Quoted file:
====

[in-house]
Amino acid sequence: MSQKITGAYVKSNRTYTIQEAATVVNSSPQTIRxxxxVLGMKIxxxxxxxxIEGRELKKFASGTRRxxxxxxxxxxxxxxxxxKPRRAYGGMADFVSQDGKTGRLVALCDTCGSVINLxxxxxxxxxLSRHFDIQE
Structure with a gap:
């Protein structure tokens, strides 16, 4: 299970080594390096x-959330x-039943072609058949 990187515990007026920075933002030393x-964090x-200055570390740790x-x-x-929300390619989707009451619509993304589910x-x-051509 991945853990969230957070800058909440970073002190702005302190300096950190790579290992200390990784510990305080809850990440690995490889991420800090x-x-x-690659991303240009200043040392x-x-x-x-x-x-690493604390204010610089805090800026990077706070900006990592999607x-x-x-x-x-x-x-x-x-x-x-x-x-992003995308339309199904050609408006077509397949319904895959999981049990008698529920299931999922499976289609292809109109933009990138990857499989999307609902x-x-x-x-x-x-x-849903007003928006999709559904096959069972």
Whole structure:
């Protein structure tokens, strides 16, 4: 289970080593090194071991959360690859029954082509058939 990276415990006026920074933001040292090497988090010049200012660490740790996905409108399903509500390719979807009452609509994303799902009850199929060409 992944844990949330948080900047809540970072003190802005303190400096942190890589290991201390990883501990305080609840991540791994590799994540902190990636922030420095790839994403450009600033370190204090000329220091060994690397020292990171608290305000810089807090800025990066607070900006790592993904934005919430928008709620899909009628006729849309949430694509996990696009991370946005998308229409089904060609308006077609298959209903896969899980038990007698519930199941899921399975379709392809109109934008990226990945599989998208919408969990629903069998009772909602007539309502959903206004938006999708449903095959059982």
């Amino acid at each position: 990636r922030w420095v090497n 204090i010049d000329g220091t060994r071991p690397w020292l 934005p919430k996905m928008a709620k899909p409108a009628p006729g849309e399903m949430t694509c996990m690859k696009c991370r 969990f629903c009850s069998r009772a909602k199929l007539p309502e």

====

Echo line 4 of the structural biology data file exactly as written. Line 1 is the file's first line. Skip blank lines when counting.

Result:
């Protein structure tokens, strides 16, 4: 299970080594390096x-959330x-039943072609058949 990187515990007026920075933002030393x-964090x-200055570390740790x-x-x-929300390619989707009451619509993304589910x-x-051509 991945853990969230957070800058909440970073002190702005302190300096950190790579290992200390990784510990305080809850990440690995490889991420800090x-x-x-690659991303240009200043040392x-x-x-x-x-x-690493604390204010610089805090800026990077706070900006990592999607x-x-x-x-x-x-x-x-x-x-x-x-x-992003995308339309199904050609408006077509397949319904895959999981049990008698529920299931999922499976289609292809109109933009990138990857499989999307609902x-x-x-x-x-x-x-849903007003928006999709559904096959069972």